Taking care of your teeth and gums is an everyday process, one that involves not only brushing and flossing at home, but also seeing a dentist on a regular basis. While you might be aware that a regular oral care routine will reduce your risk for cavities and gum disease, the number of products available these days might make picking the right ones for you a bit more complicated. Whether you are looking for floss, a new toothbrush, or toothpaste, here are a few tips to help you choose the right products for you.
The type of floss that’s the right fit for you depends on how wide the spaces between your teeth are. There are four basic types of floss, waxed, unwaxed, tape and yarn. Waxed floss is often recommended for people who have teeth that are very close together. The wax coating helps the floss glide more easily in tight spaces. If your teeth aren’t too close together nor particularly far apart, an unwaxed floss can be an ideal option.
Tape floss is a bit wider than waxed or unwaxed options, and is ribbon-like. Its width makes it a good option for people who have teeth that are spaced more widely apart. Finally, yarn floss changes in thickness based on how tautly or loosely you hold it, making it a good pick if some of your teeth are closer together while others are set apart.
If you have arthritis or find that it is very difficult to reach the back of your mouth with a regular strand of floss, a device such as a flosser, which is usually a small plastic handle with a bit of floss threaded onto the end, can be a helpful alternative to regular floss.
It’s worth noting that waterpiks, which spray a stream of water between the teeth, don’t do the same thing that floss does. A waterpik can rinse away food that’s trapped in your teeth or behind braces, but it won’t help keep your gums healthy the way that floss will.
Just as there are many varieties of floss, there are plenty of varieties of toothpaste out there. While a lot of what goes into picking out a toothpaste is personal preference, such as whether you should pick a mint flavor or a more experimental option such as chocolate, there is one thing you want to look for in anything toothpaste you choose: fluoride. Any toothpaste that’s approved by the American Dental Association needs to contain fluoride, although there are a number of brands that don’t contain it.
Fluoride helps keep the enamel of your teeth strong, reducing the risk for cavities. It can help remineralize teeth that are starting to decay, too. Beyond looking for a toothpaste with fluoride, you can look for one that helps with a specific concern you might have. For example, if your teeth are sensitive, you can choose a product that’s designed to reduce sensitivity. If you are concerned about yellowing teeth, a whitening paste can provide some benefit.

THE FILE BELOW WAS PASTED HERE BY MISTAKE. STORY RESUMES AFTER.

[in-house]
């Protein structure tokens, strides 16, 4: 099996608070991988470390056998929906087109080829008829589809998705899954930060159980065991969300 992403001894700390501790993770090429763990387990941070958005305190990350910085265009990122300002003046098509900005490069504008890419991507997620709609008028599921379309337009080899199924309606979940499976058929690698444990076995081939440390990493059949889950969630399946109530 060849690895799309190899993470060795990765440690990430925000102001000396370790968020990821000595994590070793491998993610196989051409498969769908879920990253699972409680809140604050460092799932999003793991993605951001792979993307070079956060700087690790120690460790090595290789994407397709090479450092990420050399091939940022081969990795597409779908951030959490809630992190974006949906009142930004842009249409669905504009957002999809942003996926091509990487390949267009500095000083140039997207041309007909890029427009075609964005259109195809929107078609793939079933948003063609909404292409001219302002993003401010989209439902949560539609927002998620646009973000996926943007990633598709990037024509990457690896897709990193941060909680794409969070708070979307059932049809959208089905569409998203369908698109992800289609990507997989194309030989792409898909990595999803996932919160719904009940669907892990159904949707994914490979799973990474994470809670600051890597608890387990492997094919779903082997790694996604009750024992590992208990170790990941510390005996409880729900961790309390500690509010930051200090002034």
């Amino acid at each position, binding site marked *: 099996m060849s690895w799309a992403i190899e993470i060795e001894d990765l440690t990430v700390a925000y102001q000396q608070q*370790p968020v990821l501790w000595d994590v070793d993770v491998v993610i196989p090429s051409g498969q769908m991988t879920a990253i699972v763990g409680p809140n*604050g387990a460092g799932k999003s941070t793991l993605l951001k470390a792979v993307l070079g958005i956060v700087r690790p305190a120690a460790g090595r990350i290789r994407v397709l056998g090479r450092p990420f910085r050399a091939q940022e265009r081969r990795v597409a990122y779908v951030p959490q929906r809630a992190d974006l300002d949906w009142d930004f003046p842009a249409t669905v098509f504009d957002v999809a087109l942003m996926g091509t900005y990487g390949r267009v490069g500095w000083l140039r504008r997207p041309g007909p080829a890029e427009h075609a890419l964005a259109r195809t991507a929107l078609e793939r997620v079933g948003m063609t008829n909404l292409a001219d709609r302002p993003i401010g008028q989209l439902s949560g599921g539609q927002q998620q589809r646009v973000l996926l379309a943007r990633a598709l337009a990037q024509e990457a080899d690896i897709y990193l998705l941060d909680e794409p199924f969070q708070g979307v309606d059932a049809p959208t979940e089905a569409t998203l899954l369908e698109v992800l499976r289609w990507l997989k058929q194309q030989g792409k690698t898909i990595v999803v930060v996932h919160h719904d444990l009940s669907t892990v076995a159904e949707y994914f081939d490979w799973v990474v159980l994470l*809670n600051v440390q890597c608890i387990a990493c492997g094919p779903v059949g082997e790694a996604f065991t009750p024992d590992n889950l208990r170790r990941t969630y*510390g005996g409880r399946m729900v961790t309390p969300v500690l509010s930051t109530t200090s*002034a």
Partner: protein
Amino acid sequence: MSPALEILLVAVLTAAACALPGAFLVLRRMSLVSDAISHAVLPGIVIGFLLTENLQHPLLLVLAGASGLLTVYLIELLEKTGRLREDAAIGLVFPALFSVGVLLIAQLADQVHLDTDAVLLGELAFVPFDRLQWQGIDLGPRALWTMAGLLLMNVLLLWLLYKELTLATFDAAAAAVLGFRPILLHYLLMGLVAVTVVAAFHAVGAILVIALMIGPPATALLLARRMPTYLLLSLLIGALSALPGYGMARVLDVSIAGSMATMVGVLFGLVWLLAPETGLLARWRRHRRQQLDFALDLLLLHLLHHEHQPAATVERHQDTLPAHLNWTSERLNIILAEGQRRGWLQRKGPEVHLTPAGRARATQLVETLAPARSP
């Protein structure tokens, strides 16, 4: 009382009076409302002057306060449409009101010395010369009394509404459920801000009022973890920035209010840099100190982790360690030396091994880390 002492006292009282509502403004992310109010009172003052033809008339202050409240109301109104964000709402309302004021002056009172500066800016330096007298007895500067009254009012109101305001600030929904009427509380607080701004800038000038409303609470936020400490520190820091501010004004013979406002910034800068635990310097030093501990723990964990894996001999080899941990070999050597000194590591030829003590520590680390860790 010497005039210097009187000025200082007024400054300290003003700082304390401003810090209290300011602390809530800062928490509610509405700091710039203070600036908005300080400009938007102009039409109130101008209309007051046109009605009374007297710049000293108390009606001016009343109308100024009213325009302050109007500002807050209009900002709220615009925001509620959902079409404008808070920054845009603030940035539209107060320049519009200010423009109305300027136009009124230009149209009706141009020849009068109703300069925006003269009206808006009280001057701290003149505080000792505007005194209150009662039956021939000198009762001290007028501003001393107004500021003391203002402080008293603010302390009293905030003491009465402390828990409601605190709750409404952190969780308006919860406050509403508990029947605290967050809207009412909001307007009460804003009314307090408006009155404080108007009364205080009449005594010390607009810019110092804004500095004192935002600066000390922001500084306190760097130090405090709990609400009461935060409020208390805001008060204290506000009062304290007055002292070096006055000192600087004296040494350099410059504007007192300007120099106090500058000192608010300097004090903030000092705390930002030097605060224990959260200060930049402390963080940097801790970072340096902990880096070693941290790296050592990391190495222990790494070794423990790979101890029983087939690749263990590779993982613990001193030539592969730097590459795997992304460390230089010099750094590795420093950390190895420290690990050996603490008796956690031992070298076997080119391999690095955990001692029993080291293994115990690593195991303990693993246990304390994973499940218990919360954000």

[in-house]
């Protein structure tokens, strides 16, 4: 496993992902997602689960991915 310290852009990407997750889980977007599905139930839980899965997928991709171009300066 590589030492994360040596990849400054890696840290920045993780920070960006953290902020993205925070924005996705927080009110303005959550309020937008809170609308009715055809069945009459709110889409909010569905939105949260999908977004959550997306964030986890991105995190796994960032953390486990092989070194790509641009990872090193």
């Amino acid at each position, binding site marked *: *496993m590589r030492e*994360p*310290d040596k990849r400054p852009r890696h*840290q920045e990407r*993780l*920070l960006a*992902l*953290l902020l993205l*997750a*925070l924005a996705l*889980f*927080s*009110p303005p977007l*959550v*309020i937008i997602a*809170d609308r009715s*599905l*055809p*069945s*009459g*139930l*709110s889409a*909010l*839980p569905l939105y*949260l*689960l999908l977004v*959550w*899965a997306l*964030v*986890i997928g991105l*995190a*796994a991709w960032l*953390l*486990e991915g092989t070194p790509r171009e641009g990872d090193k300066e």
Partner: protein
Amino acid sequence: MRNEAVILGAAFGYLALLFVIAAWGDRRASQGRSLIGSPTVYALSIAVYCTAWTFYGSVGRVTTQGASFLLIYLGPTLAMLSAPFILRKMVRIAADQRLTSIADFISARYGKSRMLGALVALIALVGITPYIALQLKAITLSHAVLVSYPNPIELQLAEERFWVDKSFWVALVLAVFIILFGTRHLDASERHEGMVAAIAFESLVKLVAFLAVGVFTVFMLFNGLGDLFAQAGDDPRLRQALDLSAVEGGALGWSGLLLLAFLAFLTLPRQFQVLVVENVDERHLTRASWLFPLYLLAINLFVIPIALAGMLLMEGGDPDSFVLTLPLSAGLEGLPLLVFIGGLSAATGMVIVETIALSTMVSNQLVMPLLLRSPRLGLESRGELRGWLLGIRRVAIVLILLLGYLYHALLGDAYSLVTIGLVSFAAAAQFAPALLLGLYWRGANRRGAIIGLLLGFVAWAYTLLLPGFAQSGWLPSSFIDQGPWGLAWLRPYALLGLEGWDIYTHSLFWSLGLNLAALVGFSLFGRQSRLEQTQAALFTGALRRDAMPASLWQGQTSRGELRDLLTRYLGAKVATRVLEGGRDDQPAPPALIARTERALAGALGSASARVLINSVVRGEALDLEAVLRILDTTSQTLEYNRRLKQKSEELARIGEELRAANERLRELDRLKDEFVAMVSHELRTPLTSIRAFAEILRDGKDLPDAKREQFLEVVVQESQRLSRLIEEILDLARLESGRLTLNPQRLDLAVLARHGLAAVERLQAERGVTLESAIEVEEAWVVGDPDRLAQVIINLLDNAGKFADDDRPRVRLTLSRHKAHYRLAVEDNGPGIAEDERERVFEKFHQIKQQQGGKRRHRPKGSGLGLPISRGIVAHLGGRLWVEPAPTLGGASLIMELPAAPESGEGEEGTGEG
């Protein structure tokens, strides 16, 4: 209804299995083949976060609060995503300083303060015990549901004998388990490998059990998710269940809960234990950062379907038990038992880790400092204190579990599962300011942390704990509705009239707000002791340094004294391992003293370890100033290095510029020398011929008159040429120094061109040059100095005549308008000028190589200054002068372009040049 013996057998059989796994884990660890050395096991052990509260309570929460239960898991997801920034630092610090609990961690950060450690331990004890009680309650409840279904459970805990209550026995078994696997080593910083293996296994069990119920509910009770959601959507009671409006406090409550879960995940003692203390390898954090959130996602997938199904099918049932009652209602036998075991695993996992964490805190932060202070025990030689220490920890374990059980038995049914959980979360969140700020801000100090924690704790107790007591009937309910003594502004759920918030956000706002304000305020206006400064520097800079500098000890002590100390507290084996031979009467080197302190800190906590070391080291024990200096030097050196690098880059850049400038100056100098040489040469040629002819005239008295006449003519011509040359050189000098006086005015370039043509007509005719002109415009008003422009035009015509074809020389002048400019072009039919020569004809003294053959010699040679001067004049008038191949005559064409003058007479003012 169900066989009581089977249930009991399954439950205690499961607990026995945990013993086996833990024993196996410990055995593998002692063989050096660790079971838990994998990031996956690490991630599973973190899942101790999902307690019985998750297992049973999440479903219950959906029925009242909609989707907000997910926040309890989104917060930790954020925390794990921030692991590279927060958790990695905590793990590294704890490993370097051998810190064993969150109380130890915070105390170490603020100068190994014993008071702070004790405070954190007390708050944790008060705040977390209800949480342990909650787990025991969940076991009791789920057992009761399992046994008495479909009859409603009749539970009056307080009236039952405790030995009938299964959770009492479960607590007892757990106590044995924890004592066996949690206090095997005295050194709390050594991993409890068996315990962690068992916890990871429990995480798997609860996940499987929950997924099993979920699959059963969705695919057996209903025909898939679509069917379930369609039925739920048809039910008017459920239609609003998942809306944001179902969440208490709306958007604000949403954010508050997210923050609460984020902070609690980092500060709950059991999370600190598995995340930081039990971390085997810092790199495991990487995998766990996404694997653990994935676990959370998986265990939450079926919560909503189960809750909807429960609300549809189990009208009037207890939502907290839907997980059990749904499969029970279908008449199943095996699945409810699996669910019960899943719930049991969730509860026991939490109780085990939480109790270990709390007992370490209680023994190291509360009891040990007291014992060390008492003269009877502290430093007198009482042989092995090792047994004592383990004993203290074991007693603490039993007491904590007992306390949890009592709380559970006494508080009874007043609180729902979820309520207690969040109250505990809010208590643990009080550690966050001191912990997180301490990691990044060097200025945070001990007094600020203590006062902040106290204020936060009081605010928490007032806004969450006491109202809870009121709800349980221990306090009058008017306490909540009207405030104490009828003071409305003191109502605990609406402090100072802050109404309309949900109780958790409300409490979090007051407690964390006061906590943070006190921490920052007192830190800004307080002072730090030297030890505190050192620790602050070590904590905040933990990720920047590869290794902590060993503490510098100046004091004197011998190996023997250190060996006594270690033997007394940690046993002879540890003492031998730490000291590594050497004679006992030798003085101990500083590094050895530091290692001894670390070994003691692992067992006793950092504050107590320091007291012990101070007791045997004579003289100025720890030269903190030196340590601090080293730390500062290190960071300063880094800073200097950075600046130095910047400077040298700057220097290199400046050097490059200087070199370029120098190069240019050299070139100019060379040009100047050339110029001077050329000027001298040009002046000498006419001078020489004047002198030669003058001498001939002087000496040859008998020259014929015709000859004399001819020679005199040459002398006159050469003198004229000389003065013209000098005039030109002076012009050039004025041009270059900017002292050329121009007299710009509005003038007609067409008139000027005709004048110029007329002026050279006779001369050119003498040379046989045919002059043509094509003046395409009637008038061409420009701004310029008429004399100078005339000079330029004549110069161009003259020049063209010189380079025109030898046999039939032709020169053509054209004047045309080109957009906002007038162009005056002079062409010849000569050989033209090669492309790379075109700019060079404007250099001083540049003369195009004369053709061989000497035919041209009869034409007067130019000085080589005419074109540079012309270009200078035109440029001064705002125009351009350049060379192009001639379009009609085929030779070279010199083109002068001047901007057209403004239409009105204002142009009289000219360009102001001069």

When it comes to picking a toothbrush, you want to look at the size of the brush and the type of bristles it has. Usually, a soft bristled brush is recommended. Using a brush with medium or firm bristles is typically too abrasive for the average person, making it more likely for you to wear away your teeth’s enamel or to increase your risk for gingival recession.
The head of the toothbrush should fit comfortably in your mouth, too. A large bristlehead might be too big for your mouth, causing you to bump your gums or teeth or making it difficult for you to reach the back areas of the teeth. If your toothbrush is uncomfortable to use, try switching to a smaller brush.
You might also wonder if you should use an electric powered toothbrush or a manual brush. It really comes down to your personal preference. If you have trouble gripping a regular brush, an electric one can make the process of brushing easier. An electric brush can also be ideal if your dentist has told you that you brush too vigorously and have receding gums as a result. Some electric brushes have a sensor that goes off if you put too much pressure on them.
While you should brush and floss daily, no matter what, you might not need to use a mouthwash. Some mouthwashes do help protect your teeth from cavities or reduce your risk for gum disease, but others simply provide a cosmetic benefit: They help freshen your breath. The mouthwash you choose really depends on what you want it to do and on what your dentist recommends. If you have a history of gum disease, he might recommend one with antibacterial ingredients to help cut your risk. If you’ve had a lot of cavities, he might advise a mouthwash with fluoride to further strengthen your teeth.
Along with brushing and flossing and using a mouthwash if you prefer, taking good care of your teeth and gums means seeing a dentist on a regular basis. In Miami, periodontists Dr. John Paul Gallardo and Dr. William Lamas can evaluate your teeth and gums and offer treatment or advice if you have gum disease or another problem. To schedule an appointment, call (305) 447-1447 today.